The following case study is an exploration of the Australian film Samson and Delilah which features the impact that the volatile substance abuse [VSA] of petrol sniffing has on one of the characters in the film, Samson. I have chosen him to be the basis for my client and case-study and will begin by giving a description of the character, his family life and the social context to start this case-study. I will then provide an assessment and case formulation as well as Samson’s psychosocial needs and his volatile substance abuse of petrol sniffing. The substance abuse counselling model that I would draw on is explained, as well as the usefulness for Samson in the situation that he is in. I have explained the way in which I would work with…show more content… VSA can also cause the individual to have violent outbursts towards other individuals as well as showing signs of slurred speech, confusion and stupor which can lead to seizures, brain injury and death (Australian Government Department of Health and Aging Publications, 2004). Samson is showing all the signs of chronic use of VSA in relation to his oblivion of all of the trauma that has resulted from his dependence on petrol. I feel that Samson is bored because of the lack of recreational activities as well as schooling, there also does not appear to be any cultural programs in place to guide him in helping him with a sense of identity, or any real family support including the sharing of the cultural knowledge of elders.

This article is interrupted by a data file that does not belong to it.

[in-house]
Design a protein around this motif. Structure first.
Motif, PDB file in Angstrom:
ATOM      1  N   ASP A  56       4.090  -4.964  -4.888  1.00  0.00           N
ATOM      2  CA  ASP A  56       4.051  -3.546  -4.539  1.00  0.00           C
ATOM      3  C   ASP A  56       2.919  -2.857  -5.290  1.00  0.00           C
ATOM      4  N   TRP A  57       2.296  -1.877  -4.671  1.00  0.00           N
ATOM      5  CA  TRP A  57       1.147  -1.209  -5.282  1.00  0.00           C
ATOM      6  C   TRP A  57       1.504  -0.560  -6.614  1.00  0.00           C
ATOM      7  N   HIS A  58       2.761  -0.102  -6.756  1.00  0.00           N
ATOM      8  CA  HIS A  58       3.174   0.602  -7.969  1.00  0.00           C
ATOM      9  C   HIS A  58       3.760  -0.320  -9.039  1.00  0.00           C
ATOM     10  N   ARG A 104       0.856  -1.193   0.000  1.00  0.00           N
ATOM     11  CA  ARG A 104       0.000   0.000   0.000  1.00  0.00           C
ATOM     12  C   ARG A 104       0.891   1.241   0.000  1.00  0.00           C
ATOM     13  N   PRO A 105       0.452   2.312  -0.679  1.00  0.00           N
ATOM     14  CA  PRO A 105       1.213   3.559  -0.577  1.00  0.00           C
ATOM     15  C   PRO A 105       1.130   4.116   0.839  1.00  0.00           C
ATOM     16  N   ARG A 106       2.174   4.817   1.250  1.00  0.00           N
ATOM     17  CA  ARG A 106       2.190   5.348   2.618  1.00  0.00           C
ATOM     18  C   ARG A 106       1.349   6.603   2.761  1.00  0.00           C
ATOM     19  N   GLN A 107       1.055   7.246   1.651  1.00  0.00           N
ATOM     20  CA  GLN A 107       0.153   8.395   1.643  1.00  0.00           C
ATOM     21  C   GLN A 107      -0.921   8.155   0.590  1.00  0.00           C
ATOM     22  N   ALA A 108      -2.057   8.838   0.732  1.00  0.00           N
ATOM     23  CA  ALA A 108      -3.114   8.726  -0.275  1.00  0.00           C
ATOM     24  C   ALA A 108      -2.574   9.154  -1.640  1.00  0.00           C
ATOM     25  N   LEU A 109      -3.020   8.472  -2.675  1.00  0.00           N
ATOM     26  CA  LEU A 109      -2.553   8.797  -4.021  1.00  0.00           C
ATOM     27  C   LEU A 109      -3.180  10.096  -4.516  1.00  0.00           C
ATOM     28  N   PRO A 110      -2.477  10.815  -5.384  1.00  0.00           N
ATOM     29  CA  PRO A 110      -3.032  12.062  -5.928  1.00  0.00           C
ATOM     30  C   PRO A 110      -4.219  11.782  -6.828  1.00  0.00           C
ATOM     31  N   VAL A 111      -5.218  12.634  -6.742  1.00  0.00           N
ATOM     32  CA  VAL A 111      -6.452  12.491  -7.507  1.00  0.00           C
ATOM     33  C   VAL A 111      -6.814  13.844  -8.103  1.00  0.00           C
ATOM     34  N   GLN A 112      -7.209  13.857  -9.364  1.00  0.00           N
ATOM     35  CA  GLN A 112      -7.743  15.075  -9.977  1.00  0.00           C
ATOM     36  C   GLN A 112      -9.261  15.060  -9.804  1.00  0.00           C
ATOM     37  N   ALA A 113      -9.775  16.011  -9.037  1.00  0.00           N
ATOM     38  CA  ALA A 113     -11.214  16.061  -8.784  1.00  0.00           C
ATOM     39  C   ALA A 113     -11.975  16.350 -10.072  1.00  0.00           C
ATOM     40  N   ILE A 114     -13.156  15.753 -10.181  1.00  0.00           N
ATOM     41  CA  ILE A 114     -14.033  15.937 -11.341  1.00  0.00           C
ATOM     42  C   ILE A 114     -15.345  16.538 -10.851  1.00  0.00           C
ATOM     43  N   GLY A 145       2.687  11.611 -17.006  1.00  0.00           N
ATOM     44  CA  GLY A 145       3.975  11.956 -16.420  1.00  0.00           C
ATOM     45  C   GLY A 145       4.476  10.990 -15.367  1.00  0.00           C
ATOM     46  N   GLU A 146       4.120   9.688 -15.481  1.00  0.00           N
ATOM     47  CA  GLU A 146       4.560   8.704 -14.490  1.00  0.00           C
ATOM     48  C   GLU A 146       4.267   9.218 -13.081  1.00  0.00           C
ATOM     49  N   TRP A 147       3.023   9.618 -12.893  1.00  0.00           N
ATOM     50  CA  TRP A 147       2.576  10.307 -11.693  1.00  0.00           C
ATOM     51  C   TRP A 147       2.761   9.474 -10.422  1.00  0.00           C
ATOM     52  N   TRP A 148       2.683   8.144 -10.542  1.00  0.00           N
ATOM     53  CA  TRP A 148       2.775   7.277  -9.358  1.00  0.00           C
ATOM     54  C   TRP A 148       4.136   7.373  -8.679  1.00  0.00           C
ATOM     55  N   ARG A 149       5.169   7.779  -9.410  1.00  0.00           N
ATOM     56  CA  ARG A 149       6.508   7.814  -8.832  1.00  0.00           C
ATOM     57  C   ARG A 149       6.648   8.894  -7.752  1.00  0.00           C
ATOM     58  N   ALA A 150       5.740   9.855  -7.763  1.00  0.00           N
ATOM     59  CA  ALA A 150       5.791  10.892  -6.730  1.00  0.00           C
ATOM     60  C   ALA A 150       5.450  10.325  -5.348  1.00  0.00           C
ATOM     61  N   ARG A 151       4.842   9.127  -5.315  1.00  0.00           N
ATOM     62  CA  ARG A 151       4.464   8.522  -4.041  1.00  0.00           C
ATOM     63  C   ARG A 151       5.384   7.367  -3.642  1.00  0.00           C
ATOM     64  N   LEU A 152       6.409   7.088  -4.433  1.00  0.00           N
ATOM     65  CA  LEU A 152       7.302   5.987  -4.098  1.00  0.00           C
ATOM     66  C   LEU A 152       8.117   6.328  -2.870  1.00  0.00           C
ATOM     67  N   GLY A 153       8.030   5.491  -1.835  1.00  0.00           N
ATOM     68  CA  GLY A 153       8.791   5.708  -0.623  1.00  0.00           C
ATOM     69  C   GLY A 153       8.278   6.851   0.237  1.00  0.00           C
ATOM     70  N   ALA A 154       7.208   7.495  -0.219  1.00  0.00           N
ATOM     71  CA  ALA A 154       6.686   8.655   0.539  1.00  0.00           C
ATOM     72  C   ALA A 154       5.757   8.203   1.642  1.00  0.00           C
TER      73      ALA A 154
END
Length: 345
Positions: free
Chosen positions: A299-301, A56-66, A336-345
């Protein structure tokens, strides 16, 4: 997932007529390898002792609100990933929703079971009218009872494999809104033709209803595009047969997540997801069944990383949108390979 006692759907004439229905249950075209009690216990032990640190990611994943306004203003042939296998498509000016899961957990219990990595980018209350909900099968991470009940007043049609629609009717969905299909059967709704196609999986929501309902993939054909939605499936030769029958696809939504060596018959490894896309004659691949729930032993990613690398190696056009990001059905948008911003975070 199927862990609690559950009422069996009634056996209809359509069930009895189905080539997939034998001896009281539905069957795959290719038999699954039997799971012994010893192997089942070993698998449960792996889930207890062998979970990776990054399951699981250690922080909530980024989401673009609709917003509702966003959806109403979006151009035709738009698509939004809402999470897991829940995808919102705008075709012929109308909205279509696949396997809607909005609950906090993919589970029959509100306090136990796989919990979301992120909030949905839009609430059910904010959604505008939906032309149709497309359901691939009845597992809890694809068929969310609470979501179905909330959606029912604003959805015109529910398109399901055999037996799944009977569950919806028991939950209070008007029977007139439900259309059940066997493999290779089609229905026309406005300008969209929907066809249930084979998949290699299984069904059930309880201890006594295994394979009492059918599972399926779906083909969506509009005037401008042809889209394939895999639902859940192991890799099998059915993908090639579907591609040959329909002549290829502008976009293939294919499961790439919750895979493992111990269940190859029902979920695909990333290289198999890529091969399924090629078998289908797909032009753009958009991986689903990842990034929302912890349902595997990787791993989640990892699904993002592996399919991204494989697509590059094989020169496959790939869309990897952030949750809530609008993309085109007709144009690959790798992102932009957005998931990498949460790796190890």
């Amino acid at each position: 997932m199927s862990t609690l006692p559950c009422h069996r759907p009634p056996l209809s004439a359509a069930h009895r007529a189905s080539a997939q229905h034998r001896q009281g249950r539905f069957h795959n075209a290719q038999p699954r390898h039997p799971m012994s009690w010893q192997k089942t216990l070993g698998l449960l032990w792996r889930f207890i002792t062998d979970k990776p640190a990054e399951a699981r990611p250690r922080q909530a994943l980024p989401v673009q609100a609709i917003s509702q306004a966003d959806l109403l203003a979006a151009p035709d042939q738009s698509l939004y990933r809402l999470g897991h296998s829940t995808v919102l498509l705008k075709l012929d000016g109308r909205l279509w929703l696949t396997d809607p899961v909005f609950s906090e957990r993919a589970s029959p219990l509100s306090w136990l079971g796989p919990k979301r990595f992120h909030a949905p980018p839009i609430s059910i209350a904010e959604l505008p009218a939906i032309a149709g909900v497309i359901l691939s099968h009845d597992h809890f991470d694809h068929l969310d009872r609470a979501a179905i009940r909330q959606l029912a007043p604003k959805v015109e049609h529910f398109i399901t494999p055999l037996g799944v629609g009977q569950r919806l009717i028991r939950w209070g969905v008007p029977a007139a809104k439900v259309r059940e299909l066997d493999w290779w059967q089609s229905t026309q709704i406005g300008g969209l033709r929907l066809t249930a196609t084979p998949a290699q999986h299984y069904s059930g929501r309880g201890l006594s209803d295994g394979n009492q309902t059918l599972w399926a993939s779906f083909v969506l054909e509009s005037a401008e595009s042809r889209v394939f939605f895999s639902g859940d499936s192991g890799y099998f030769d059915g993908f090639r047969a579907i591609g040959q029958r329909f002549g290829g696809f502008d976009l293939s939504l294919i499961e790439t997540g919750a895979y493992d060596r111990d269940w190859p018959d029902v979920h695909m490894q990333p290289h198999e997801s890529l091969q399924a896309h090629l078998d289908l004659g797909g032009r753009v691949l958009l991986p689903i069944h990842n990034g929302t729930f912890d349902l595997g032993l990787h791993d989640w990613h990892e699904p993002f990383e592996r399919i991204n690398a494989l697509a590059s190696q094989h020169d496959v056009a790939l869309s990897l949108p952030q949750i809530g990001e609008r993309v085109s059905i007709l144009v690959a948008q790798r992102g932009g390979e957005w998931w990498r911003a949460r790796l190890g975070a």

Intervention Plan Although there are screening tools such as The Indigenous Risk Impact Screen and Brief Intervention Tool Kit (Amity Community Services, n.d), I feel that the best approach in helping Samson and his dependence on VSA, is to consult with community elders as he is not only a minor, but there are also a lot of cultural barriers that would make it very difficult to counsell him unless the person were specially trained. It would be especially difficult as Samson speaks his traditional language and very little English. Cairney and Dingwall (2010) find that it is hard for the problem of VSA to be managed and the impact of it to be understood by Indigenous communities as well as